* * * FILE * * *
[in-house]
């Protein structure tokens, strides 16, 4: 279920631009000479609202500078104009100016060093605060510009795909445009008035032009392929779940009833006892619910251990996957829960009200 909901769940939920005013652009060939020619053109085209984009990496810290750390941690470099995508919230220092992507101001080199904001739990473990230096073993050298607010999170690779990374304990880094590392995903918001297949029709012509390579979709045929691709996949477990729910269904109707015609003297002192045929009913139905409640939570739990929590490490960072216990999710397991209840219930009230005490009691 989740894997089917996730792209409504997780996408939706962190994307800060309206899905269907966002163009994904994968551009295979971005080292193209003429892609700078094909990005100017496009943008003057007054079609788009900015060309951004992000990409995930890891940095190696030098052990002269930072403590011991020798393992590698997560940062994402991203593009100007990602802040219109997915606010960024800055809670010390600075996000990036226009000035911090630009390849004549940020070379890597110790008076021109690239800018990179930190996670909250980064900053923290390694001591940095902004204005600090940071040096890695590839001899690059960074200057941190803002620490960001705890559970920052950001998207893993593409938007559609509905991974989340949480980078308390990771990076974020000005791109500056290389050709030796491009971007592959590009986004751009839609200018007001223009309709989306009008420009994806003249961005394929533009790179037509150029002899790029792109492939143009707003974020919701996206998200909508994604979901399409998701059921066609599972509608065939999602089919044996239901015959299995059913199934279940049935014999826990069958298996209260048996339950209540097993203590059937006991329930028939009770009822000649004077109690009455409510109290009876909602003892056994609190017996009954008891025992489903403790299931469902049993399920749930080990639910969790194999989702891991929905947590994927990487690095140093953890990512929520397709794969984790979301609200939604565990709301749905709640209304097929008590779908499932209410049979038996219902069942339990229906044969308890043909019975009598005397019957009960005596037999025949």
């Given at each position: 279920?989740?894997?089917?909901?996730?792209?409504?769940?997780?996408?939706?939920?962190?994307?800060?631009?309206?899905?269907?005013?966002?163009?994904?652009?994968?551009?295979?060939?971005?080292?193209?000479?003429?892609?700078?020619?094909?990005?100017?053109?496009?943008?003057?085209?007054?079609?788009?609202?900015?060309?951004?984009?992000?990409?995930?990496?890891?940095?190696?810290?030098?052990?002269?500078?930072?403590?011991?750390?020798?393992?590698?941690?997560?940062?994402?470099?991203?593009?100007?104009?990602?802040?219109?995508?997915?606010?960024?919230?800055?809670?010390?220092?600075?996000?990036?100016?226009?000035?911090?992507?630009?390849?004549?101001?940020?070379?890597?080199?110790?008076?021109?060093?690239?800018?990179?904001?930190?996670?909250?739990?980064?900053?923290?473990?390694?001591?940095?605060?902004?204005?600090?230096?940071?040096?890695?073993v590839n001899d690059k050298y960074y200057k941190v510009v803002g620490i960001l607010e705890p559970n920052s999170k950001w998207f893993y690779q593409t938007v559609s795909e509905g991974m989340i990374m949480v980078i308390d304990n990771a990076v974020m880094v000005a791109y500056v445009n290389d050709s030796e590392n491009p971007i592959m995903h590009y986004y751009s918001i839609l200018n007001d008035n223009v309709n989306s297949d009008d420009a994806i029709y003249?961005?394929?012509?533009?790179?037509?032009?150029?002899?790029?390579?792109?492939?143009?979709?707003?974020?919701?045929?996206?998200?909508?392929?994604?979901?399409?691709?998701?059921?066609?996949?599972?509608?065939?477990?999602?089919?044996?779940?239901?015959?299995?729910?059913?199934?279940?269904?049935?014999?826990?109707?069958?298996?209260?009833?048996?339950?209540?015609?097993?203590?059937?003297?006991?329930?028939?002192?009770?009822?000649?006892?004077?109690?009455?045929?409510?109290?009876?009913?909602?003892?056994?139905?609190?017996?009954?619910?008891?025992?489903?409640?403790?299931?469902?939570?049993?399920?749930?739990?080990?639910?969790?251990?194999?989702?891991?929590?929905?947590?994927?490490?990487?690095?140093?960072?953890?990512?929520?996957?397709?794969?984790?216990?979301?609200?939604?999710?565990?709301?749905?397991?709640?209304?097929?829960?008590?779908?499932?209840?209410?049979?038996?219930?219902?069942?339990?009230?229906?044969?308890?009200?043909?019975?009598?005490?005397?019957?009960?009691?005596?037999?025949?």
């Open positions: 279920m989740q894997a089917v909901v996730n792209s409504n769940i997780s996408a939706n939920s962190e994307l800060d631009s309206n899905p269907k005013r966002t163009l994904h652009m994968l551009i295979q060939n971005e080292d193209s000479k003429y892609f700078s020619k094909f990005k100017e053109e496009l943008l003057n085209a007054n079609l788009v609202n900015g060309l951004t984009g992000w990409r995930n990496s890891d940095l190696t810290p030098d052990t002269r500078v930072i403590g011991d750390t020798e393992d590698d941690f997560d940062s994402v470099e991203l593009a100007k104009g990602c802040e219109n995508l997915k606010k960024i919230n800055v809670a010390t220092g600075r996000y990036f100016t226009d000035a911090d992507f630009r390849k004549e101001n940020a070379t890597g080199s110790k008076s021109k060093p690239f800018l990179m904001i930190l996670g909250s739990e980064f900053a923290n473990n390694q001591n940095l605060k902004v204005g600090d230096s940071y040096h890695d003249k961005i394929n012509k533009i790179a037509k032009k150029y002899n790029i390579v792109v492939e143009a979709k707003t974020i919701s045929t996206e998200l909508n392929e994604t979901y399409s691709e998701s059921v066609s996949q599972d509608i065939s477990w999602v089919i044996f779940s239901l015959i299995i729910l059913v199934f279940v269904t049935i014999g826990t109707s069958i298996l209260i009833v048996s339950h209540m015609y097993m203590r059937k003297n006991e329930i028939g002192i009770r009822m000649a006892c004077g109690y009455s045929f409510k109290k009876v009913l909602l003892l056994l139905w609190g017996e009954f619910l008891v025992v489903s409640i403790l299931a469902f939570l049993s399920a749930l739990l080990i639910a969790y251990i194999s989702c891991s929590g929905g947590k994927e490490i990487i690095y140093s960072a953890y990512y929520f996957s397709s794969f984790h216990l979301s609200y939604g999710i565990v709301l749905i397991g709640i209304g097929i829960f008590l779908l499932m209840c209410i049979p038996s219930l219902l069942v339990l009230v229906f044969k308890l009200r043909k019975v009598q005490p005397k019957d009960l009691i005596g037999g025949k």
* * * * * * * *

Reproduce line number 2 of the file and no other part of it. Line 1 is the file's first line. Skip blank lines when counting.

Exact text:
């Protein structure tokens, strides 16, 4: 279920631009000479609202500078104009100016060093605060510009795909445009008035032009392929779940009833006892619910251990996957829960009200 909901769940939920005013652009060939020619053109085209984009990496810290750390941690470099995508919230220092992507101001080199904001739990473990230096073993050298607010999170690779990374304990880094590392995903918001297949029709012509390579979709045929691709996949477990729910269904109707015609003297002192045929009913139905409640939570739990929590490490960072216990999710397991209840219930009230005490009691 989740894997089917996730792209409504997780996408939706962190994307800060309206899905269907966002163009994904994968551009295979971005080292193209003429892609700078094909990005100017496009943008003057007054079609788009900015060309951004992000990409995930890891940095190696030098052990002269930072403590011991020798393992590698997560940062994402991203593009100007990602802040219109997915606010960024800055809670010390600075996000990036226009000035911090630009390849004549940020070379890597110790008076021109690239800018990179930190996670909250980064900053923290390694001591940095902004204005600090940071040096890695590839001899690059960074200057941190803002620490960001705890559970920052950001998207893993593409938007559609509905991974989340949480980078308390990771990076974020000005791109500056290389050709030796491009971007592959590009986004751009839609200018007001223009309709989306009008420009994806003249961005394929533009790179037509150029002899790029792109492939143009707003974020919701996206998200909508994604979901399409998701059921066609599972509608065939999602089919044996239901015959299995059913199934279940049935014999826990069958298996209260048996339950209540097993203590059937006991329930028939009770009822000649004077109690009455409510109290009876909602003892056994609190017996009954008891025992489903403790299931469902049993399920749930080990639910969790194999989702891991929905947590994927990487690095140093953890990512929520397709794969984790979301609200939604565990709301749905709640209304097929008590779908499932209410049979038996219902069942339990229906044969308890043909019975009598005397019957009960005596037999025949």